Choosing a Horse for Your Program

Horses are the lifeblood of our programs. Without the horse, therapeutic riding does not exist. So how do we make sure we are choosing the right horse? First, we need to identify the individual needs of our center. This includes looking at strengths, weaknesses, threats, and opportunities. After we do that, we can start discussing how to choose a horse.

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Mother May I?

Hello friends! I skipped last week because I was out in Yellowstone National Park celebrating the Fourth of July in the wilderness. I could have pre-planned a post but I thought everyone should take a little break to celebrate the holiday, especially in the summertime! Is it just me or is this summer absolutely flying by?

Anyway, that’s not what you came here for. On to today’s game suggestion: “Mother May I?”

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Off Horse Activities: Markings & Attitudes of the Horse

This could also be two separate posts, but it’s time for me to wrap up the Off Horse Activities Series. I hope you’ve enjoyed reading these posts and have learned something new! If you have been able to apply any of this in your own work, leave a comment! I would love to know.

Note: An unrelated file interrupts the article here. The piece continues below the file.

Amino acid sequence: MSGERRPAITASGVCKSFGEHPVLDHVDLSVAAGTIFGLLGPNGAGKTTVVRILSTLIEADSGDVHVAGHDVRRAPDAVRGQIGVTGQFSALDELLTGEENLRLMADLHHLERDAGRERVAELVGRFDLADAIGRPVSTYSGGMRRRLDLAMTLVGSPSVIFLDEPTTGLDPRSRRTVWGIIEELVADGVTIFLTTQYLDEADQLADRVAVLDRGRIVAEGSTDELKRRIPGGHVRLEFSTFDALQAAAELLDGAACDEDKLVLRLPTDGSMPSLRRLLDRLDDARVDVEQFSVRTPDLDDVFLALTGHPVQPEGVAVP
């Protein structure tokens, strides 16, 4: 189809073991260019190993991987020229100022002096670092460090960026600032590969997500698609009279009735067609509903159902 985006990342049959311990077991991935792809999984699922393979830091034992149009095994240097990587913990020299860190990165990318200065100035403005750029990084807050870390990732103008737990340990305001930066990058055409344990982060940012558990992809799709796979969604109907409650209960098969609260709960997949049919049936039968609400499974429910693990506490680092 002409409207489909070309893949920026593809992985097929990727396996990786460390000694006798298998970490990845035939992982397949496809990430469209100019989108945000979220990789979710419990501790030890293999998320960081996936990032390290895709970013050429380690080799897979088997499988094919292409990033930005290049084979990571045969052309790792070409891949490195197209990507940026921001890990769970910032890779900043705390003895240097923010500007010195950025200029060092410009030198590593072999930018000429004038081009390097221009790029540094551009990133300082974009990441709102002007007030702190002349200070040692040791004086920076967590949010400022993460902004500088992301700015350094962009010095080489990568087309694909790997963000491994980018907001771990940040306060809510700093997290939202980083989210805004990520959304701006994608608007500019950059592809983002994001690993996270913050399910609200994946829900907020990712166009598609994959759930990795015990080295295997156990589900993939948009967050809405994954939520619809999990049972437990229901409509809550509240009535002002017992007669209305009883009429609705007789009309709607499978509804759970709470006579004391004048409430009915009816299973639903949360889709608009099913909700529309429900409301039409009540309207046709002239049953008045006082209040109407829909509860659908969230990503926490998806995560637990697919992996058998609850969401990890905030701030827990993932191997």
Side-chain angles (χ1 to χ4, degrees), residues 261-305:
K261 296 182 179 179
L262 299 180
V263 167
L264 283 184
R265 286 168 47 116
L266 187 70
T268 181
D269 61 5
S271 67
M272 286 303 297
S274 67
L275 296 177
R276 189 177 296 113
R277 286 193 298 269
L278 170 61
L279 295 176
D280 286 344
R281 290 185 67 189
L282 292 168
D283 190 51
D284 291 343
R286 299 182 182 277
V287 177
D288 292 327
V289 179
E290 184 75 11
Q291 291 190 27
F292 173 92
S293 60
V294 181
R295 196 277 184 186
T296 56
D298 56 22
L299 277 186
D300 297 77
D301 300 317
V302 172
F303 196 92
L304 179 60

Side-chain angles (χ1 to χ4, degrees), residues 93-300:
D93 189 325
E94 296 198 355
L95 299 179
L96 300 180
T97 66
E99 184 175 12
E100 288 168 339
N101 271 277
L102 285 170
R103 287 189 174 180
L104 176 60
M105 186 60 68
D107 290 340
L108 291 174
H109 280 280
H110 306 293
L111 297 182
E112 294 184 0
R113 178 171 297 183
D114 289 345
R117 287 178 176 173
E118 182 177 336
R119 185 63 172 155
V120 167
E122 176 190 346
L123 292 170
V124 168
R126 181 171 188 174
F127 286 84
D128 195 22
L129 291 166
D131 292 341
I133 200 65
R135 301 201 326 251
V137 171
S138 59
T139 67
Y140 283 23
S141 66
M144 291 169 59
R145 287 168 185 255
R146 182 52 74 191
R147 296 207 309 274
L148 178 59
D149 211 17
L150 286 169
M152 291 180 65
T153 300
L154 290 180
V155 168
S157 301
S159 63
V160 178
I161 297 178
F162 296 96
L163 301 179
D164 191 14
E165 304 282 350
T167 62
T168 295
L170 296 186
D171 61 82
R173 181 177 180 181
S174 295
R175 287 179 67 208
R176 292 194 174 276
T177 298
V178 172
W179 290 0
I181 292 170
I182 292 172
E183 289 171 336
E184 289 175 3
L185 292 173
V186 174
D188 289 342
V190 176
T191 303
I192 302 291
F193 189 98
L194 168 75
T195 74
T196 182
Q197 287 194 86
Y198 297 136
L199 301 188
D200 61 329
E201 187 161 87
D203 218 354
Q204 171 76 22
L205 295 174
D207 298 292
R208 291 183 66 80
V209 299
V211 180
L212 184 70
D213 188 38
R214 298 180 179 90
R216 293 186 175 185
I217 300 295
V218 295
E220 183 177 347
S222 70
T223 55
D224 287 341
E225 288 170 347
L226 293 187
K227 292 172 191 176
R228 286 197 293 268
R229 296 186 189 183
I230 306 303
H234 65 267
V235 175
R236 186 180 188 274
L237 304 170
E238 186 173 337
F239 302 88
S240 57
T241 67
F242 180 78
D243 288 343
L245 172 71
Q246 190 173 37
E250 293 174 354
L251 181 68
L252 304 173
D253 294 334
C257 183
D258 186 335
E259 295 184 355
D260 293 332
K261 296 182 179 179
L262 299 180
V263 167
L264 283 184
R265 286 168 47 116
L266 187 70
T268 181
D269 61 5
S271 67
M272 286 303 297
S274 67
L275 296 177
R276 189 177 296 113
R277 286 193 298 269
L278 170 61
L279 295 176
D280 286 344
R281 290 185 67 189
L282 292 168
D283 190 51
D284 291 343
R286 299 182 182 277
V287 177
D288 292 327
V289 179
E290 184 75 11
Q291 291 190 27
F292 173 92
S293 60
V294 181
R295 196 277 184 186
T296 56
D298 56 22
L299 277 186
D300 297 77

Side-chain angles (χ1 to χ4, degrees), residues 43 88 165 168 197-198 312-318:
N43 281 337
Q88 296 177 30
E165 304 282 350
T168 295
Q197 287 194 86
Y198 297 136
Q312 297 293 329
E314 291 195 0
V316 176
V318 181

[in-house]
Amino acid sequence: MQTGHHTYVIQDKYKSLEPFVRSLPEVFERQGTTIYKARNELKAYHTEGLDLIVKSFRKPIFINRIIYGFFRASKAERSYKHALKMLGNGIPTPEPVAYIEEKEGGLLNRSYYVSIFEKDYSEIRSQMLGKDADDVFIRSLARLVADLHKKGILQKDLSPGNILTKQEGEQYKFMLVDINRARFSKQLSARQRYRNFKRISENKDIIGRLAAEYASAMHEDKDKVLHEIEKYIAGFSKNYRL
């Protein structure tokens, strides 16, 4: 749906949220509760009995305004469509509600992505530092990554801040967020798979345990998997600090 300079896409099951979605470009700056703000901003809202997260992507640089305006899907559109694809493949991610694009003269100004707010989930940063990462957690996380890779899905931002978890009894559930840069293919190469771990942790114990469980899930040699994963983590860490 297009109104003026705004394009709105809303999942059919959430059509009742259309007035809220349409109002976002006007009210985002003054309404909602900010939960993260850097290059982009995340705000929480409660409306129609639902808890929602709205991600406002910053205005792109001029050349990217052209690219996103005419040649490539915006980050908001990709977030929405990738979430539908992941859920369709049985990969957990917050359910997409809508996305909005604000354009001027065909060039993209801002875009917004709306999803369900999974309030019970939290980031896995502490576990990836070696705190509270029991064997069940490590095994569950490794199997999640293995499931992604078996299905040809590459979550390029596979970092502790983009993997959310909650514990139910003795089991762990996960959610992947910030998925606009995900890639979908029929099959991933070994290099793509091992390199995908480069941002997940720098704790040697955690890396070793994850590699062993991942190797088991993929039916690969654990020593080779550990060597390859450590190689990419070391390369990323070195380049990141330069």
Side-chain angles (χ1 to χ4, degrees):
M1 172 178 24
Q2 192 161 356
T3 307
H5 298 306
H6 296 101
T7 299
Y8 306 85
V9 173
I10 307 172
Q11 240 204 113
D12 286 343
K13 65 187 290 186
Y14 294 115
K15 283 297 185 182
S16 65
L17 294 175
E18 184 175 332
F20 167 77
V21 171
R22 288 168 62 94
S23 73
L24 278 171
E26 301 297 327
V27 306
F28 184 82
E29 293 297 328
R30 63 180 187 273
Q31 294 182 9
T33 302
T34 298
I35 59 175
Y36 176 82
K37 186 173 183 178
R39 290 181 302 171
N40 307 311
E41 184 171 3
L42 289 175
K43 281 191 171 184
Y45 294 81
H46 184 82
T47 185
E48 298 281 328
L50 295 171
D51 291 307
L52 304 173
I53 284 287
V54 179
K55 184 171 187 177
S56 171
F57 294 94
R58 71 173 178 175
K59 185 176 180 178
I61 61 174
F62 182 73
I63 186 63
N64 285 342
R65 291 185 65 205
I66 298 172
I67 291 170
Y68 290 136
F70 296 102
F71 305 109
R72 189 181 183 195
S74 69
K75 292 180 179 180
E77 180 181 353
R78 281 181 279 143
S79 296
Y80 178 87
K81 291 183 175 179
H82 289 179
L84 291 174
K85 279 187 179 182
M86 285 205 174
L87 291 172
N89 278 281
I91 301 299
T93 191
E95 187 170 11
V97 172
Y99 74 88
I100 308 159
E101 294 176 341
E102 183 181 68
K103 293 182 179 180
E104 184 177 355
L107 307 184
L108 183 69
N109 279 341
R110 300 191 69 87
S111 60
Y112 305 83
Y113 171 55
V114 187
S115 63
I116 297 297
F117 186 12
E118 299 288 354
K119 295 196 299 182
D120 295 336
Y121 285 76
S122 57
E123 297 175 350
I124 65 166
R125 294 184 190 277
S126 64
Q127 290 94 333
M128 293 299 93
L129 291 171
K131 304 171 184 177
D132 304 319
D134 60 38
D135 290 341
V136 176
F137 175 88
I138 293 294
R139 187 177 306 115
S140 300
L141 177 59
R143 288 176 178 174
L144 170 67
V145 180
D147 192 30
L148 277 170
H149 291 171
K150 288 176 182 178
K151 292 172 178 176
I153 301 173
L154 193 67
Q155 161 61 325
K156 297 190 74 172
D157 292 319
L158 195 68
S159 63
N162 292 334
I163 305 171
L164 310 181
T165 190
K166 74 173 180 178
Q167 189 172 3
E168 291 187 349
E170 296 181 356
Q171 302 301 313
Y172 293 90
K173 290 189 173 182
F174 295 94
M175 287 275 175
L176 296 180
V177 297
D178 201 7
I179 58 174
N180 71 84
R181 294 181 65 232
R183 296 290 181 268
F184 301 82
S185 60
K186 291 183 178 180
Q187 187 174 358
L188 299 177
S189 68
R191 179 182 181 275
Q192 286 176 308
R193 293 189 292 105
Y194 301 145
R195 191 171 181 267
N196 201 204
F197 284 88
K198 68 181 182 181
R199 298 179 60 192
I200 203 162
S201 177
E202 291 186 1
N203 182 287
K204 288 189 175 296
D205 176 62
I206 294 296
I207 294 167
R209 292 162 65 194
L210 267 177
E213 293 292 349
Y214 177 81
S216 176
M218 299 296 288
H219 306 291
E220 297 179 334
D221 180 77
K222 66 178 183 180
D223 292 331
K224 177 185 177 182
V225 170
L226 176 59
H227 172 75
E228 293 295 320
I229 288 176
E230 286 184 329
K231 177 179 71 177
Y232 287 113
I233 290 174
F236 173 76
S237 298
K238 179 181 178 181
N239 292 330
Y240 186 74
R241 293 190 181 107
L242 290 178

But alas, it is time to turn toward our final post of the series: Markings & Attitudes of the Horse.

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ESMHL Workshop

Hello cowboys and cowgirls! I have some exciting news to share with you! Recently, I went to a workshop to start the process for my ESMHL Certification. ESMHL stands for Equine Specialist in Mental Health and Learning. Once I finish my certification, it gives me the ability to run EAAT (equine-assisted activities and therapy) sessions in partnership with an educator and/or mental health professional.

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Red Light, Green Light

What You Need:
A Loud Voice
Colored Cue Cards (optional)

This is a game that can be played in a private, semi-private, or group lesson. It works best for younger riders, but you can make it more advanced to appeal to older riders.

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